All aboard the overnight sleaze express...
Where do all the other passengers go once the action gets underway?
Our passenger list includes:
A man and his wife, who is seriously, even terminally, ill.
An outwardly respectable father and husband who has incestuous desires towards his 16-year-old daughter; you may recognise the actor playing the father, Roberto Caporali, from Zombie: Nights of Terror.
A cigar-chomping businessman and his put upon minion, whose first task is buying “all the porno magazines you have” for his boss from the station kiosk.
A bickering couple, Anna and Mike, played by the suitably mismatched pairing of Zora Kerowa and Venantino Venantini.
A by-the-book policeman escorting a prisoner across the border from Italy into Germany; said prisoner is played by another Gabriele Crisanti alumnus, Gianluigi Chirizzi.
A prostitute, played by top-billed Silvia Dioniso, who works the train in exchange for paying the guard for his services as procurer.
And, last but by no means least as catalysts for this Twentieth Century meets Late Night Trains meets Assault on Precinct 13, three young thugs looking for kicks, two of them played by Werner Pochath and Carlo De Mejo.
The guard and the gang
The attraction between Kerova and De Mejo's characters is immediately apparent.
Let's sit back and enjoy the ride...
Objectively, Terror Express! / La Ragazza del vagone letto (i.e. The Girl in the Sleeping Car; a reference to Dioniso's character) is not a very good film.
As is Dioniso's effect on the other passengers
The contrast between the exterior images of the train which repeatedly punctuate the action, and the studio interior recreation of a small subsection of it is somewhat jarring: how come no-one from any of the other carriages ever steps in or wonders where the guard has got to over the course of the entire night?
Late Night Trains worked a lot better in this regard because the second train, the one on which the rape and murder occur, was established as empty save for the smaller central group of five characters who board it, whilst also generally making a more convincing use of the possibilities of the train space.
The obligatory softcore sex and nude scenes are also awkward. Not so much in the sense that they make for uncomfortable viewing – porno rape and a father's incestuous desires towards his adolescent daughter should certainly be awkward viewing – but more because this awkwardness comes through director Ferdinando Baldi's unfortunate tendency to present everything throughout in what he appears to intend as the same an arousing way, complete with dramatic angles and inappropriate music.
The issue is most apparent in the scene where Anna goes off with one of the thugs, Ernie. She's clearly attracted to what he represents in contrast with her older, clearly conservative minded or even reactionary husband. As such, it's appropriate to have that sense of illicit thrill in the mise en scène, as something which is between the two characters: as they fuck, they are also fucking with the system, the man, as represented by the likes of Anna's older husband. But when another thug, Phil, sneaks in to the compartment and joins in, the power dynamics of the encounter change: Anna did not consent to this. Unfortunately Baldi's direction doesn't successfully convey this.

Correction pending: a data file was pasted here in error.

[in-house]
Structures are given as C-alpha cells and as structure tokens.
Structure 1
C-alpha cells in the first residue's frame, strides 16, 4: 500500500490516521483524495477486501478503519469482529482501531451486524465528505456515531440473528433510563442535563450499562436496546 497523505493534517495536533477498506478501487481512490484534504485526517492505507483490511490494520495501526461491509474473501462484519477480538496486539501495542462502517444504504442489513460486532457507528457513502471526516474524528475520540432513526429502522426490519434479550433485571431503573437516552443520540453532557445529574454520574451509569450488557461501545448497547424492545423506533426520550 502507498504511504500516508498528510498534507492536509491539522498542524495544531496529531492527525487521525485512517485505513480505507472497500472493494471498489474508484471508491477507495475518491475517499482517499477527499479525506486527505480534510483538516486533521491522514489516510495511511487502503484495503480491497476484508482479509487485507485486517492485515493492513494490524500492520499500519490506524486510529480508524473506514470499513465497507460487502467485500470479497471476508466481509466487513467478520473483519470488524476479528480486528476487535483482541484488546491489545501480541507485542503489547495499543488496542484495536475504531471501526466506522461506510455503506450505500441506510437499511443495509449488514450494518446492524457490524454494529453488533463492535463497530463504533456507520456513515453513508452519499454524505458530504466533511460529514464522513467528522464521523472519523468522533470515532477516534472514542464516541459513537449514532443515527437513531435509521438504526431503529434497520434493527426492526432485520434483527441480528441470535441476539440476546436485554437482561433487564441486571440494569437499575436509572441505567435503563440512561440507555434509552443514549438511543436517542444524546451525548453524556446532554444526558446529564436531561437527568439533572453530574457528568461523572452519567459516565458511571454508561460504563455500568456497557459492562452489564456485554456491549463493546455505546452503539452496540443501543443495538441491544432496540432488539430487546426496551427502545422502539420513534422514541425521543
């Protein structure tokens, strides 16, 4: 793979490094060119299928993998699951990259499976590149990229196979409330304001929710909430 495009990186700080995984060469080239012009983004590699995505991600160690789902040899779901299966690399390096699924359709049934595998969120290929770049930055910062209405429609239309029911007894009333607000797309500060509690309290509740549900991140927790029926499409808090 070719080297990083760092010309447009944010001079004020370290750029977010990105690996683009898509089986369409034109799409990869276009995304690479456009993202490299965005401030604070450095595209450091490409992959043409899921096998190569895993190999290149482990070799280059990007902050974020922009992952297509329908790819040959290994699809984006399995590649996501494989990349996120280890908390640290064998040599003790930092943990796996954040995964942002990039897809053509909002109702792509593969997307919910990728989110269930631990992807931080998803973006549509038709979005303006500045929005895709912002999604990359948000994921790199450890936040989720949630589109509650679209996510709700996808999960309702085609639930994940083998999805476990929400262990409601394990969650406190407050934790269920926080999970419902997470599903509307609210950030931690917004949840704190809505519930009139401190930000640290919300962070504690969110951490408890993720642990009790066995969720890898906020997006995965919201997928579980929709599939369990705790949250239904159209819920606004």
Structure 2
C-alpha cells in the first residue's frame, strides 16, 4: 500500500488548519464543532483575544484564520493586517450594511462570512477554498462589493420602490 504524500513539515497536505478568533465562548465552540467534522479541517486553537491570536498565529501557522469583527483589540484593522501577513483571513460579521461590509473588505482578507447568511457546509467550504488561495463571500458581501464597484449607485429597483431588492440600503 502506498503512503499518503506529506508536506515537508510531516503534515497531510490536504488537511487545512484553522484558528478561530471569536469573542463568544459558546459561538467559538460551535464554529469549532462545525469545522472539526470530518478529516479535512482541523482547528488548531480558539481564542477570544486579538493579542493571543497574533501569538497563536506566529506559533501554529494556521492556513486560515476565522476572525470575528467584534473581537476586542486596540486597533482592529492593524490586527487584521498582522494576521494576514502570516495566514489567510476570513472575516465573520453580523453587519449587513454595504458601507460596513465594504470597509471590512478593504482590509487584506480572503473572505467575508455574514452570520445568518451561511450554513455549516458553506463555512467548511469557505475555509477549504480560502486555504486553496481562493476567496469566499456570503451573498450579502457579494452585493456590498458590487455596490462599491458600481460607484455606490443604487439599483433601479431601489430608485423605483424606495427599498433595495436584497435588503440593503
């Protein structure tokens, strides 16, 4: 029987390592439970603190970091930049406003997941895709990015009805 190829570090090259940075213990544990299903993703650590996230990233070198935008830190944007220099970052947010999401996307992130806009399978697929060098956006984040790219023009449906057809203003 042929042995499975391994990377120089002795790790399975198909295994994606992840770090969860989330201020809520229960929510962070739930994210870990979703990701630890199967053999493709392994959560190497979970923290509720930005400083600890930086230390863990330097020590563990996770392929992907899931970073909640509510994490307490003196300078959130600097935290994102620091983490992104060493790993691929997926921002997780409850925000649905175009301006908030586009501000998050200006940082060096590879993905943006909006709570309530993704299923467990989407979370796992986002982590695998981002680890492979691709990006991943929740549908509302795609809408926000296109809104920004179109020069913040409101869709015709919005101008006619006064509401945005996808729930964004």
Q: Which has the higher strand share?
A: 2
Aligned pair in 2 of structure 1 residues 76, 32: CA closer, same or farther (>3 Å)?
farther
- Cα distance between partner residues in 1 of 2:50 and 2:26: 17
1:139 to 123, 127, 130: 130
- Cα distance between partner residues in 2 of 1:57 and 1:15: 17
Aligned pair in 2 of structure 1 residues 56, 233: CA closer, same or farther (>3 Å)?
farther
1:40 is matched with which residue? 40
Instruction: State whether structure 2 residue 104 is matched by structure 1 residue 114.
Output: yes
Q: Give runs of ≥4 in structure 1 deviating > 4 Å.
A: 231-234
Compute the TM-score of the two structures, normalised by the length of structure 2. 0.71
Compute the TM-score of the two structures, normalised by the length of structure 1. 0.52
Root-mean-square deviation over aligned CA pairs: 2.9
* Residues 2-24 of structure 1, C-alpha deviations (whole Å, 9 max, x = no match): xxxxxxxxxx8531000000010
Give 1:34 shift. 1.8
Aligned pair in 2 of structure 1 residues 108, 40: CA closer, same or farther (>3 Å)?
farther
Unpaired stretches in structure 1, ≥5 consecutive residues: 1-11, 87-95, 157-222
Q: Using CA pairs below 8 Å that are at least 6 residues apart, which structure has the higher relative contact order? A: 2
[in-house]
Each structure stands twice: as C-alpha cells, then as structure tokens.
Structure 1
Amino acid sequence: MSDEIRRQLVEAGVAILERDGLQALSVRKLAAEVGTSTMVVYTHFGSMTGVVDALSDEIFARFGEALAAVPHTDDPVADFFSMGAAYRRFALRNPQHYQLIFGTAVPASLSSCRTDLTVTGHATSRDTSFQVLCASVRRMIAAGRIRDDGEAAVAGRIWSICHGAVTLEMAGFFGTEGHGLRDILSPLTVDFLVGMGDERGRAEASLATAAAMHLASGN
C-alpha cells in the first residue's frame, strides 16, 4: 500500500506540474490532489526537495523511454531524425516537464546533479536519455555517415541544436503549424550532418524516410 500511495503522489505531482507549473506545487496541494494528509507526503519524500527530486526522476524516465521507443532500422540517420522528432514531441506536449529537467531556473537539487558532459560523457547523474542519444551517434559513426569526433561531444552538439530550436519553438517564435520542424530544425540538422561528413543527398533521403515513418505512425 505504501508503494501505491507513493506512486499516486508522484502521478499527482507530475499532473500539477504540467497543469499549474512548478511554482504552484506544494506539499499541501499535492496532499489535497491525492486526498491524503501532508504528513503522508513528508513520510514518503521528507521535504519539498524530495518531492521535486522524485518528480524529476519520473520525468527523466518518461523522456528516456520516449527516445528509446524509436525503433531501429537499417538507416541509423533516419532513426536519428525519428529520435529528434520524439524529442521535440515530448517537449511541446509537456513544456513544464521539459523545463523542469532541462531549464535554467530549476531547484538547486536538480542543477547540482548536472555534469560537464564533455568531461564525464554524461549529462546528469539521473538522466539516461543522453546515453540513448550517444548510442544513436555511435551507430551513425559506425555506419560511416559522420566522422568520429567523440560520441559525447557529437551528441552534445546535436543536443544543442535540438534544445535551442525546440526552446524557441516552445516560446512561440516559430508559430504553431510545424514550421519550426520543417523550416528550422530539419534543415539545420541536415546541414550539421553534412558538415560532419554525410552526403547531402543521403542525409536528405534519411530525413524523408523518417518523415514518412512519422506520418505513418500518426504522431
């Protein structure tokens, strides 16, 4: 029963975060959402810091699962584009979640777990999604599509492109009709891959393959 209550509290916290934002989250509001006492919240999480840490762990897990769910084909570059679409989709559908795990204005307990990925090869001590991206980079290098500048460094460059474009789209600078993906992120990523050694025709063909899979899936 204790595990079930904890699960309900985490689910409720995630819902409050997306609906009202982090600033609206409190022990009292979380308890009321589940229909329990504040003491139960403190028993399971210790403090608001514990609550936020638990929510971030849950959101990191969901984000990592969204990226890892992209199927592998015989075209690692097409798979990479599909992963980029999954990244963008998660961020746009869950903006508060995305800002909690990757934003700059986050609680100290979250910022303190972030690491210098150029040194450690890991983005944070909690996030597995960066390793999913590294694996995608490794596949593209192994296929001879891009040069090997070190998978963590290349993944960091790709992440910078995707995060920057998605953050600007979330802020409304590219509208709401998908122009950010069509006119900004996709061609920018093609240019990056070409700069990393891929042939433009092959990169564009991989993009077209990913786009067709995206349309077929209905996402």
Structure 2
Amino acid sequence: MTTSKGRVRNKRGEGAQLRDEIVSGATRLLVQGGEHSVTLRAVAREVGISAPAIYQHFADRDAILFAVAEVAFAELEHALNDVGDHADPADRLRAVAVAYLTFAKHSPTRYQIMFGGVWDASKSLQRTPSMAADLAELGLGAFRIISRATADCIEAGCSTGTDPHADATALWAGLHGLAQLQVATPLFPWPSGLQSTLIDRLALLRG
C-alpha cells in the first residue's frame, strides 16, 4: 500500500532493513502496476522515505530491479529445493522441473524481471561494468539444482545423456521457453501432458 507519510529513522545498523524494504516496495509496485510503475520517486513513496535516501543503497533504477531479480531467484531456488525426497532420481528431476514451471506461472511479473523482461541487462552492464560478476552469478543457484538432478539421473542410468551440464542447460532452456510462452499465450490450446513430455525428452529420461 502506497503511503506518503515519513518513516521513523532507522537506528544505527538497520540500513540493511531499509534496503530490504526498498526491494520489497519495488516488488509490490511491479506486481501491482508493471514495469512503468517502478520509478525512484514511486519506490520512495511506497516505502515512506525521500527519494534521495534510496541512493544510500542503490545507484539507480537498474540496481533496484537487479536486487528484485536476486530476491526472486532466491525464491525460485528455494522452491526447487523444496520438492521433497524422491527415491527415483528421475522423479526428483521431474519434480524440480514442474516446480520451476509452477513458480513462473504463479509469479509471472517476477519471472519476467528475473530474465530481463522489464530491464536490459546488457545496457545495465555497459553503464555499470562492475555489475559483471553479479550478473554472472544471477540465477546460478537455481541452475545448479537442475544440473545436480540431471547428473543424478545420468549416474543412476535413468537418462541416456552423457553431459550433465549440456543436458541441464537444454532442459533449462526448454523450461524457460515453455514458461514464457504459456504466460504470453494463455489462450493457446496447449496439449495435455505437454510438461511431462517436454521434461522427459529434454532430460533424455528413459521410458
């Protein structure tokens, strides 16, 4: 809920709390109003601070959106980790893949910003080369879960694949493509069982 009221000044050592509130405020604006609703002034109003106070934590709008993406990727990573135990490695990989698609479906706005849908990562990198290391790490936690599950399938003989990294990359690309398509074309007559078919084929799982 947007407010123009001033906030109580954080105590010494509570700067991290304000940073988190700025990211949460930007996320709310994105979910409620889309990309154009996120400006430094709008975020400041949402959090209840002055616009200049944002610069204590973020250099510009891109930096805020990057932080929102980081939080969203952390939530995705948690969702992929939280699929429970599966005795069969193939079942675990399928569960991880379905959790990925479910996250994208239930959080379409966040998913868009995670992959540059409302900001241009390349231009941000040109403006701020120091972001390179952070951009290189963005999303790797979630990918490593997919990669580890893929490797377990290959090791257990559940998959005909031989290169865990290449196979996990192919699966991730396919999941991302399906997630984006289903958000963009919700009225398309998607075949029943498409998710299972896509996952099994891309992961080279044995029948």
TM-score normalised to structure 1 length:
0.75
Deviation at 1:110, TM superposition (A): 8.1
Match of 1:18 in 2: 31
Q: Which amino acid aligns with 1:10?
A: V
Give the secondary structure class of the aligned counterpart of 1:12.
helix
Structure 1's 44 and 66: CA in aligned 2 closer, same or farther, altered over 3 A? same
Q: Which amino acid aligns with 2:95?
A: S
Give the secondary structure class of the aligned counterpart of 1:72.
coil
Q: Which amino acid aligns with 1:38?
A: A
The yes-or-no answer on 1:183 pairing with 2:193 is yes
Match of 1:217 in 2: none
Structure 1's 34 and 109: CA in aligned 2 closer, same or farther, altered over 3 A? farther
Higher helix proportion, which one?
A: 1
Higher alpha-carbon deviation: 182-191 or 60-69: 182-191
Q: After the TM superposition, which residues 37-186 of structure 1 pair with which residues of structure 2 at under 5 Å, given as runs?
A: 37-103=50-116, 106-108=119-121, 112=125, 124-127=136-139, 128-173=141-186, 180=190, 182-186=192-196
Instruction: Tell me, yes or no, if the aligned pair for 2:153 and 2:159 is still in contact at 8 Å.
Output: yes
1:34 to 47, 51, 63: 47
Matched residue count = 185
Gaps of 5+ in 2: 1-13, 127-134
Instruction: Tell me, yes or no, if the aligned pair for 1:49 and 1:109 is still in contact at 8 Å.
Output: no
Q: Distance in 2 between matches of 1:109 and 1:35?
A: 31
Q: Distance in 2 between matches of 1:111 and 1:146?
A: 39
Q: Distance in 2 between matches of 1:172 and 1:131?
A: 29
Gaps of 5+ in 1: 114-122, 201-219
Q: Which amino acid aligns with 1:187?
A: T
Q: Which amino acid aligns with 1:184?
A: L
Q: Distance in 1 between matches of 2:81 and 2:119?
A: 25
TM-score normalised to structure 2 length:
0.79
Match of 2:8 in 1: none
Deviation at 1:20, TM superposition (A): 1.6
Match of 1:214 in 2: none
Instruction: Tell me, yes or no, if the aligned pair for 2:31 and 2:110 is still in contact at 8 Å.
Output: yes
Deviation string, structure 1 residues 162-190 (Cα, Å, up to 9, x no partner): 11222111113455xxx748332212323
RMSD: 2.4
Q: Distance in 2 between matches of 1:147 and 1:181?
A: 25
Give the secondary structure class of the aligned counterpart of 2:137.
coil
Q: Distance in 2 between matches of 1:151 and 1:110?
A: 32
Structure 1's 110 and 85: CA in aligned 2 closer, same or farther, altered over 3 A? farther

Still on the consensual side of things...
Nor do the violent action scenes quite convince, although the problem here is perhaps as much to with the difficulty of believing in De Mejo and Pochath as anything more than obnoxious bullies. They don't give off the same psychopathic aura as David Hess in Hitch-Hike or House on the Edge of the Park, where you genuinely believe he can back up his threats as and when the need arises.
But, then again, perhaps this actually works in terms of Terror Express!'s own dynamics. Specifically, it might be argued that what we have are three bad boys – emphasis on the boy – out to see how far they can push things, who then don't get pushed back until it is too late and things have gone far further than they had anticipated.
Beyond this, the characterisation is often unsatisfactory and the attempts at social commentary, courtesy of writer George Eastman/Luigi Montifiore, somewhat ham-fisted.
Yet, what saves the film and makes it so interesting and worth watching despite its flaws is the inclusion of this selfsame material, disregarding the way it slows down and complicates the narrative as you try to keep track of everyone, their relationships with one another and, most intriguing of all, to try to figure out where the filmmakers want to you stand regarding them all.
Rather than just class, it's also about gender, generation, political leaning and appearances against reality.
Thus, for example, when first confronted with the gang, the father asks his daughter if her current boyfriend is like that, a “social degenerate” before playing the “I only want what's best for you” card in his defence; a decidedly creepy remark in the light of later revelations.
Likewise, Anna, who had earlier welcomed the gang playing their radio loudly, responds to the quiet arrival of the prisoner and his guard in the dining wagon with the remark that their presence “shows a complete lack of consideration.”
Her husband's equally telling riposte: “Look who's talking, when you condone the outrageous actions of those three punks back there! God, it pisses me off!”
Father: “It's really hot in here”
Daughter: “I wish I could turn off the heating”
Father: “Why don't you take off your nightgown?”